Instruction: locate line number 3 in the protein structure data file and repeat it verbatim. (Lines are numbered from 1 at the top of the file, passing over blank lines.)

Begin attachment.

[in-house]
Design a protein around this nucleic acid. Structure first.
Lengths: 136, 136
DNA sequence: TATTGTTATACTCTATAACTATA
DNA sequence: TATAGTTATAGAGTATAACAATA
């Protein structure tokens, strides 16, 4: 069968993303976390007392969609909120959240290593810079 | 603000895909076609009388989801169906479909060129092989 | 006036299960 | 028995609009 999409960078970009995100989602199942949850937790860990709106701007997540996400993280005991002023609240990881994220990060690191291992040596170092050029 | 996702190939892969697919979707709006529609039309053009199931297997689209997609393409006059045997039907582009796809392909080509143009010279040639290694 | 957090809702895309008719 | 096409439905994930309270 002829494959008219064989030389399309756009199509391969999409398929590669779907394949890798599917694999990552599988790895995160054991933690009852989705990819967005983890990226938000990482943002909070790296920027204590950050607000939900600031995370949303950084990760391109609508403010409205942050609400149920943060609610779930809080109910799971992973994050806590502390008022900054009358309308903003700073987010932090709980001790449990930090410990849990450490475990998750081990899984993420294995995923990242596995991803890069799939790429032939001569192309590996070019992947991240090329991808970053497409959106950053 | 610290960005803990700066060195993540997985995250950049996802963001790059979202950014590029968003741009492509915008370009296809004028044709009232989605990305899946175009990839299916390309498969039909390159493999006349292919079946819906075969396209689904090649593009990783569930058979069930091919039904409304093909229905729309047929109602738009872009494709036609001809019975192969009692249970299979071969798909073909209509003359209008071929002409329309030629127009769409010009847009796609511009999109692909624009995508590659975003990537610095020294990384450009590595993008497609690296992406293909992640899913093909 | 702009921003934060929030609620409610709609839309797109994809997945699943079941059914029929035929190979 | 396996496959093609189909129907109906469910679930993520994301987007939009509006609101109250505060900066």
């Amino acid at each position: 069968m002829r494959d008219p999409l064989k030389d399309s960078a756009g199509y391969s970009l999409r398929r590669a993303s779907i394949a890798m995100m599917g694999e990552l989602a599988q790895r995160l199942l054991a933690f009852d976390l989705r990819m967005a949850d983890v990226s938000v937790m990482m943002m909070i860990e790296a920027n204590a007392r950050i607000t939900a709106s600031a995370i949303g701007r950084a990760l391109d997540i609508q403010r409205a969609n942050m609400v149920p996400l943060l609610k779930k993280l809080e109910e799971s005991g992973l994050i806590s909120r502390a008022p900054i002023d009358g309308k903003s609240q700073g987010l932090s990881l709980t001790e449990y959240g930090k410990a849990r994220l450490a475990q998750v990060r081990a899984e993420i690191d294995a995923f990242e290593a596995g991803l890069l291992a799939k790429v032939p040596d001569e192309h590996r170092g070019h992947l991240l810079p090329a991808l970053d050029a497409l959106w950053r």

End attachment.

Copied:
Lengths: 136, 136